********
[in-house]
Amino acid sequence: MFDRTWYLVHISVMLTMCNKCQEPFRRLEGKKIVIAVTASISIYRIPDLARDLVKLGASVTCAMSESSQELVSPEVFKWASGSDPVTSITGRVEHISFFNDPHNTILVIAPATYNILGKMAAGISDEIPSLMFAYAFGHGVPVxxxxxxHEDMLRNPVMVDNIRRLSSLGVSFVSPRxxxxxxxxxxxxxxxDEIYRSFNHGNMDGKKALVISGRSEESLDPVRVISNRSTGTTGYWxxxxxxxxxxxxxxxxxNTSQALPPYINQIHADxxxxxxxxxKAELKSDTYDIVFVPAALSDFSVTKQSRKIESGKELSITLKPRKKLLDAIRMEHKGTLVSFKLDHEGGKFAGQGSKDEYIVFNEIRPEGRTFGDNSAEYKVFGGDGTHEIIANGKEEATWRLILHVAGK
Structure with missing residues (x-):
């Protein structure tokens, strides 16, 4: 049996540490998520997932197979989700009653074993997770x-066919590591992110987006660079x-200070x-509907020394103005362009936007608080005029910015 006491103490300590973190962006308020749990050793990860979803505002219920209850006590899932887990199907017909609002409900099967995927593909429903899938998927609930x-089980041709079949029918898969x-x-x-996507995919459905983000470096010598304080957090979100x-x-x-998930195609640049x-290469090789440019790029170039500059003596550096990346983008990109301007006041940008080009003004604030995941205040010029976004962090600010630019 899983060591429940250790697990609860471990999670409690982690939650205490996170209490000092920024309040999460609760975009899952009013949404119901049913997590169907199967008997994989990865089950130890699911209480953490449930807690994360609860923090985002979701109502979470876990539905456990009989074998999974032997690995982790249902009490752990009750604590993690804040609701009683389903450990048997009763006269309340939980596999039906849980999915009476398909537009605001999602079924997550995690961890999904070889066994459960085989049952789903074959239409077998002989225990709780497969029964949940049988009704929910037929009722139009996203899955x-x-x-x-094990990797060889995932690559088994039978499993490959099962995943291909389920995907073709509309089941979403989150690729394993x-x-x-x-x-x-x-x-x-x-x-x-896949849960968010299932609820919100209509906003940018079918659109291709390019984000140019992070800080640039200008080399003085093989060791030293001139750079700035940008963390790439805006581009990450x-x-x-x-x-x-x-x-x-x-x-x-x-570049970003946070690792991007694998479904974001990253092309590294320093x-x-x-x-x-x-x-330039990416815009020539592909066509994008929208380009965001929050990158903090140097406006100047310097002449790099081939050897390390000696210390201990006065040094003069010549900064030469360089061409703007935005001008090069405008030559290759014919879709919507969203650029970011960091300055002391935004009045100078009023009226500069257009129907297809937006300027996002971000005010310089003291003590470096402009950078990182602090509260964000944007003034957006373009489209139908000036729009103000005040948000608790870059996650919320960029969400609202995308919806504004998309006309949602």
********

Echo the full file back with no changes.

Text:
[in-house]
Amino acid sequence: MFDRTWYLVHISVMLTMCNKCQEPFRRLEGKKIVIAVTASISIYRIPDLARDLVKLGASVTCAMSESSQELVSPEVFKWASGSDPVTSITGRVEHISFFNDPHNTILVIAPATYNILGKMAAGISDEIPSLMFAYAFGHGVPVxxxxxxHEDMLRNPVMVDNIRRLSSLGVSFVSPRxxxxxxxxxxxxxxxDEIYRSFNHGNMDGKKALVISGRSEESLDPVRVISNRSTGTTGYWxxxxxxxxxxxxxxxxxNTSQALPPYINQIHADxxxxxxxxxKAELKSDTYDIVFVPAALSDFSVTKQSRKIESGKELSITLKPRKKLLDAIRMEHKGTLVSFKLDHEGGKFAGQGSKDEYIVFNEIRPEGRTFGDNSAEYKVFGGDGTHEIIANGKEEATWRLILHVAGK
Structure with missing residues (x-):
């Protein structure tokens, strides 16, 4: 049996540490998520997932197979989700009653074993997770x-066919590591992110987006660079x-200070x-509907020394103005362009936007608080005029910015 006491103490300590973190962006308020749990050793990860979803505002219920209850006590899932887990199907017909609002409900099967995927593909429903899938998927609930x-089980041709079949029918898969x-x-x-996507995919459905983000470096010598304080957090979100x-x-x-998930195609640049x-290469090789440019790029170039500059003596550096990346983008990109301007006041940008080009003004604030995941205040010029976004962090600010630019 899983060591429940250790697990609860471990999670409690982690939650205490996170209490000092920024309040999460609760975009899952009013949404119901049913997590169907199967008997994989990865089950130890699911209480953490449930807690994360609860923090985002979701109502979470876990539905456990009989074998999974032997690995982790249902009490752990009750604590993690804040609701009683389903450990048997009763006269309340939980596999039906849980999915009476398909537009605001999602079924997550995690961890999904070889066994459960085989049952789903074959239409077998002989225990709780497969029964949940049988009704929910037929009722139009996203899955x-x-x-x-094990990797060889995932690559088994039978499993490959099962995943291909389920995907073709509309089941979403989150690729394993x-x-x-x-x-x-x-x-x-x-x-x-896949849960968010299932609820919100209509906003940018079918659109291709390019984000140019992070800080640039200008080399003085093989060791030293001139750079700035940008963390790439805006581009990450x-x-x-x-x-x-x-x-x-x-x-x-x-570049970003946070690792991007694998479904974001990253092309590294320093x-x-x-x-x-x-x-330039990416815009020539592909066509994008929208380009965001929050990158903090140097406006100047310097002449790099081939050897390390000696210390201990006065040094003069010549900064030469360089061409703007935005001008090069405008030559290759014919879709919507969203650029970011960091300055002391935004009045100078009023009226500069257009129907297809937006300027996002971000005010310089003291003590470096402009950078990182602090509260964000944007003034957006373009489209139908000036729009103000005040948000608790870059996650919320960029969400609202995308919806504004998309006309949602």